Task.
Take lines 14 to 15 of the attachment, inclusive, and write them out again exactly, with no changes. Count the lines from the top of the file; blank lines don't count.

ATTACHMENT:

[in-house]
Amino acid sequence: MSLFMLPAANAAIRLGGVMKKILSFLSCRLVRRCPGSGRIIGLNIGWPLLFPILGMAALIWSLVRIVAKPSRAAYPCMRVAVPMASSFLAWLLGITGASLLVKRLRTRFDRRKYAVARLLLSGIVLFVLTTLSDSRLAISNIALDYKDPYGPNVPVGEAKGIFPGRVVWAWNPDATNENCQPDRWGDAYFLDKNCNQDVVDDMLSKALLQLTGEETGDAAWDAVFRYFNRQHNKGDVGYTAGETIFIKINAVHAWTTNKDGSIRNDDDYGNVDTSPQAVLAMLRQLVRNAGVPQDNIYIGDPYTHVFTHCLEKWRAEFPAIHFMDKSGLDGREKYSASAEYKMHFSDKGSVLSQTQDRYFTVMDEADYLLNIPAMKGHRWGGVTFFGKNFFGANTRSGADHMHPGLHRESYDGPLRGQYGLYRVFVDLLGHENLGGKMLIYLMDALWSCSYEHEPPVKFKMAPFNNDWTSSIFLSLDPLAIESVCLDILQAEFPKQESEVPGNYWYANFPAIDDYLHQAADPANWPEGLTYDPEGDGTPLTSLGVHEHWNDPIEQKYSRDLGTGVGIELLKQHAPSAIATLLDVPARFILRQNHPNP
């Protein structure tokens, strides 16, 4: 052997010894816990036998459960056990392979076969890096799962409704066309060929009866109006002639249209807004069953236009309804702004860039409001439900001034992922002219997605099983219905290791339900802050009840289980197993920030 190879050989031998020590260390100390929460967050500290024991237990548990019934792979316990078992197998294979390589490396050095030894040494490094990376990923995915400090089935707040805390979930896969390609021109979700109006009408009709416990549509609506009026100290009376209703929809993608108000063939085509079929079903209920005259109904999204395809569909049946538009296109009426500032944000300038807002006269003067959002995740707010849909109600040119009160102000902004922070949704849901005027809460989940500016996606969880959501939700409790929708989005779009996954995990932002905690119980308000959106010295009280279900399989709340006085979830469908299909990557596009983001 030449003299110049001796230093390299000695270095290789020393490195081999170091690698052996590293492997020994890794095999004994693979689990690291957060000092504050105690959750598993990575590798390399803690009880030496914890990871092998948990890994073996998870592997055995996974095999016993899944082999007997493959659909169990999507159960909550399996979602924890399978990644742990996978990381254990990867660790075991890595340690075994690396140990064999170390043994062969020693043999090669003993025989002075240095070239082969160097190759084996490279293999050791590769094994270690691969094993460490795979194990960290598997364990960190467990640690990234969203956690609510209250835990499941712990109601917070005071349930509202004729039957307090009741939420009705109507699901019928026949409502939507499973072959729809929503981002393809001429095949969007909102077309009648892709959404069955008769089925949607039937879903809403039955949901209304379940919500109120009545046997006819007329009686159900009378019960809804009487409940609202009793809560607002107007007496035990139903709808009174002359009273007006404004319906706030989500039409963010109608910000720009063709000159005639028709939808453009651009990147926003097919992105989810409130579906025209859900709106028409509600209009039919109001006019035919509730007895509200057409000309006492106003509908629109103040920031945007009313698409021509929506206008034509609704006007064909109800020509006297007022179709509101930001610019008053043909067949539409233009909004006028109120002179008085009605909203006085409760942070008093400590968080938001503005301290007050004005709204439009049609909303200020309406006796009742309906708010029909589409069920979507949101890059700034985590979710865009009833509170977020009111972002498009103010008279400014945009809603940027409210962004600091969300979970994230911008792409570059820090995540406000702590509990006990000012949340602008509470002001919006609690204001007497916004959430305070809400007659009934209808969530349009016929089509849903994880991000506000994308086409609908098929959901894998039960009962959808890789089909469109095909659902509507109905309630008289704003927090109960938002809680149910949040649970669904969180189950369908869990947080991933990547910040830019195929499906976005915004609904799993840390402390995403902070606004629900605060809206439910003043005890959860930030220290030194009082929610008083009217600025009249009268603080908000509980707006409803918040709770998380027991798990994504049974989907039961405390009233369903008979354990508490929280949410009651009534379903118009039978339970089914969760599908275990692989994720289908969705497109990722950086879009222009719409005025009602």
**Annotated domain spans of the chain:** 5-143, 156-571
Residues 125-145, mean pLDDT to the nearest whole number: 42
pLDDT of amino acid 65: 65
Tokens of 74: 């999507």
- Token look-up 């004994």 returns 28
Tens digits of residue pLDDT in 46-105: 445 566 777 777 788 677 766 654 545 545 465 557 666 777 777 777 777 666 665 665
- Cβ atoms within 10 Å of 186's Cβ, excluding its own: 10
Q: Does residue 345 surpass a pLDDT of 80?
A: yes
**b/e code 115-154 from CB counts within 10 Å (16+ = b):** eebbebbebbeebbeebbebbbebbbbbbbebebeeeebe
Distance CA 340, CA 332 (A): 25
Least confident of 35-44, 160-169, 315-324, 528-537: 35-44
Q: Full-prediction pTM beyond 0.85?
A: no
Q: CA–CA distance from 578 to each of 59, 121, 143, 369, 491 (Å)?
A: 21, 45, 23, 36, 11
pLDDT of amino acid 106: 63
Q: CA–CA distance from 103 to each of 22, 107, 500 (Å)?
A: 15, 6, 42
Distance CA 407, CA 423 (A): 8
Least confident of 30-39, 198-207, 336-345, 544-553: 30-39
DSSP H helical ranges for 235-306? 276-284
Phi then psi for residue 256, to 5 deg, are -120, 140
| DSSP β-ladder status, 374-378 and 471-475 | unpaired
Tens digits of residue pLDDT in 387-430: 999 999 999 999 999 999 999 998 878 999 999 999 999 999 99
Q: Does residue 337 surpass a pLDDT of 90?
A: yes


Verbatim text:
Distance CA 340, CA 332 (A): 25
Least confident of 35-44, 160-169, 315-324, 528-537: 35-44